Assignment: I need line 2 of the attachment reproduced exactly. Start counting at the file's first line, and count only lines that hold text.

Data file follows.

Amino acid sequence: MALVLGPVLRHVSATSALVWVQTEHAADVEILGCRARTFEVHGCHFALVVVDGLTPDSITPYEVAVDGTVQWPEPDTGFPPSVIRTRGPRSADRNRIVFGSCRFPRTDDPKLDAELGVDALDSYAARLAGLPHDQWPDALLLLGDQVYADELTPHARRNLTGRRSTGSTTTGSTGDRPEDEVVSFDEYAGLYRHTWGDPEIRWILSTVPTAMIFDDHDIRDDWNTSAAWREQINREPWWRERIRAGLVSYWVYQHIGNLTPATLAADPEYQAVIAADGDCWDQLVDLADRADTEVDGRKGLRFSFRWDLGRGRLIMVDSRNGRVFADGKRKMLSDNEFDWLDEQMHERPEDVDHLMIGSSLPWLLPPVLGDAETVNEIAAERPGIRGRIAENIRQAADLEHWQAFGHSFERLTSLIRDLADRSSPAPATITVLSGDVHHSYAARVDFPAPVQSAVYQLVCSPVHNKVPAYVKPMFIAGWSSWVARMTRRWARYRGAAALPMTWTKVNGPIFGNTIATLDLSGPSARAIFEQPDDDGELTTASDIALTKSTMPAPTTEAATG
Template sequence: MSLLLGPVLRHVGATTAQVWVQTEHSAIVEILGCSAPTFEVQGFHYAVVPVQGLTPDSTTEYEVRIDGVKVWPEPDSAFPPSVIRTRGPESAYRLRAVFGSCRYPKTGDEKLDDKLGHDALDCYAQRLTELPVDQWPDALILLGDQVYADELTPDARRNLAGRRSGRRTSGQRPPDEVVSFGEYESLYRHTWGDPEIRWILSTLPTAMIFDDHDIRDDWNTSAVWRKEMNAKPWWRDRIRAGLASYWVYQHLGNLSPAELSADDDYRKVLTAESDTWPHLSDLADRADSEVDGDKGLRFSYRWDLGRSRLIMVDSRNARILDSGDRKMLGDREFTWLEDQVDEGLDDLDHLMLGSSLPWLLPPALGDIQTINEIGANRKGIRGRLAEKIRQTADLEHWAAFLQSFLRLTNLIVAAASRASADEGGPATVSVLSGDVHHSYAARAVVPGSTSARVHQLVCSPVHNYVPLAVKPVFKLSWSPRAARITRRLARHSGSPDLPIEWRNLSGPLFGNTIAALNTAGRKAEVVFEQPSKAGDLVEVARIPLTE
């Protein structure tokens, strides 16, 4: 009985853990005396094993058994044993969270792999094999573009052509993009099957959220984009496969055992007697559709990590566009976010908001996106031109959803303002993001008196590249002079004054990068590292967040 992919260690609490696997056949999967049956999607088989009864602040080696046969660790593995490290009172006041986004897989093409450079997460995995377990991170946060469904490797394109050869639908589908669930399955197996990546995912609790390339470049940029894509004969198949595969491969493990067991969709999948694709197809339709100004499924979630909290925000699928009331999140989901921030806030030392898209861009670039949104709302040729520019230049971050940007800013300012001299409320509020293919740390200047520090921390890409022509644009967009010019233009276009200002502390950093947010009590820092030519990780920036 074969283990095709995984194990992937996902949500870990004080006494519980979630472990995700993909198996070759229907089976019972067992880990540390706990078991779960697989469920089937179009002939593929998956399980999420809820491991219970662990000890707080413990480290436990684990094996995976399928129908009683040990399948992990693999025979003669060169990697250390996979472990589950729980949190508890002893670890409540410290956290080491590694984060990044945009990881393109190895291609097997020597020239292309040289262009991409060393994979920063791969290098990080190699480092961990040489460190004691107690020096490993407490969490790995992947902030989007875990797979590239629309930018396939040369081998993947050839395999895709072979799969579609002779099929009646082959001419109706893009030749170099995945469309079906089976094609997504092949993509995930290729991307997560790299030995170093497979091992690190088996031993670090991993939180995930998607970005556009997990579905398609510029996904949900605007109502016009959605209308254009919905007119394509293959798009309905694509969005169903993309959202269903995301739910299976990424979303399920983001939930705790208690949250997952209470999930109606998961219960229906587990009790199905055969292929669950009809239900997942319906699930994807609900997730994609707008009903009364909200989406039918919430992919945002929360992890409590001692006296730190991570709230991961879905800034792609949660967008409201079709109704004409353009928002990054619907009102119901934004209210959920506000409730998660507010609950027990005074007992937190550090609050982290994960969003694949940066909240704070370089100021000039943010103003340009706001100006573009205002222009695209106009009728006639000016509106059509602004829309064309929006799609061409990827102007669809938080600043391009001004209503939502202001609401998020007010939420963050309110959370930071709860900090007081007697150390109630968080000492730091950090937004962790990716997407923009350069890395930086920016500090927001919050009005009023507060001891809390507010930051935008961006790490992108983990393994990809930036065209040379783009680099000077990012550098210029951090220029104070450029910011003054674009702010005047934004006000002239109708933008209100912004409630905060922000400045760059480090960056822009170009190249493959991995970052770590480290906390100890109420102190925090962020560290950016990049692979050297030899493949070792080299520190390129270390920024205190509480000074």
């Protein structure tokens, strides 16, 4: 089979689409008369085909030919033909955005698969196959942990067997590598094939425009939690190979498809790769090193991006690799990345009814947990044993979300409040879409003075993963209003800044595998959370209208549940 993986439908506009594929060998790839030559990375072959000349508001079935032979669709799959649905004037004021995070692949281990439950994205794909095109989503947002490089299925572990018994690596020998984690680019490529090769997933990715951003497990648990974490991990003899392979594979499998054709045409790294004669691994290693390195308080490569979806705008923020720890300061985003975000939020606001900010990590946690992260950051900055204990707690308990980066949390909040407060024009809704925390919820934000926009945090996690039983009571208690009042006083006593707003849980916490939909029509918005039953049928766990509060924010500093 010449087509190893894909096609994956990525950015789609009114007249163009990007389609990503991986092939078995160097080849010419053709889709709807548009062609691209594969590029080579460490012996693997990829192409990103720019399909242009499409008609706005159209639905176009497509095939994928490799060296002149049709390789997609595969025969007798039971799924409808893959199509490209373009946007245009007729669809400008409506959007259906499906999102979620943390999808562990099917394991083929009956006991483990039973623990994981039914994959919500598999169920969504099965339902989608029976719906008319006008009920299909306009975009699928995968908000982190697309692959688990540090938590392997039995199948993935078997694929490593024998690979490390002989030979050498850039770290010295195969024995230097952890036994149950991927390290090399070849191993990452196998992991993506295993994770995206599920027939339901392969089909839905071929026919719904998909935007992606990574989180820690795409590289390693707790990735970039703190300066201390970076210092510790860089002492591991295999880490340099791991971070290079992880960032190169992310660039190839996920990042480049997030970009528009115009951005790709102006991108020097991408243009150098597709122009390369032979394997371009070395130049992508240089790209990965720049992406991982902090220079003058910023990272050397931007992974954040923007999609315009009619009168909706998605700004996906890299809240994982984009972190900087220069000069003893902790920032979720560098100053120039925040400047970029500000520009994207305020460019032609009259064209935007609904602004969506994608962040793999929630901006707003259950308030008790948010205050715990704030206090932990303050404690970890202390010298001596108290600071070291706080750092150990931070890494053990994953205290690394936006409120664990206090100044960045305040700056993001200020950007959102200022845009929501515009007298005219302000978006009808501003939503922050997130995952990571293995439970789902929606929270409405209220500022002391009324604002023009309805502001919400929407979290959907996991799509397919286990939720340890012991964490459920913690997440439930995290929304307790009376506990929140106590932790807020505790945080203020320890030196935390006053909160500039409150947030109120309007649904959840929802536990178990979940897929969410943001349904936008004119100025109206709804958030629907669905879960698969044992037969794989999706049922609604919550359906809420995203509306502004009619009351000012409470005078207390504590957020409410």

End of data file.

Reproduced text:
Template sequence: MSLLLGPVLRHVGATTAQVWVQTEHSAIVEILGCSAPTFEVQGFHYAVVPVQGLTPDSTTEYEVRIDGVKVWPEPDSAFPPSVIRTRGPESAYRLRAVFGSCRYPKTGDEKLDDKLGHDALDCYAQRLTELPVDQWPDALILLGDQVYADELTPDARRNLAGRRSGRRTSGQRPPDEVVSFGEYESLYRHTWGDPEIRWILSTLPTAMIFDDHDIRDDWNTSAVWRKEMNAKPWWRDRIRAGLASYWVYQHLGNLSPAELSADDDYRKVLTAESDTWPHLSDLADRADSEVDGDKGLRFSYRWDLGRSRLIMVDSRNARILDSGDRKMLGDREFTWLEDQVDEGLDDLDHLMLGSSLPWLLPPALGDIQTINEIGANRKGIRGRLAEKIRQTADLEHWAAFLQSFLRLTNLIVAAASRASADEGGPATVSVLSGDVHHSYAARAVVPGSTSARVHQLVCSPVHNYVPLAVKPVFKLSWSPRAARITRRLARHSGSPDLPIEWRNLSGPLFGNTIAALNTAGRKAEVVFEQPSKAGDLVEVARIPLTE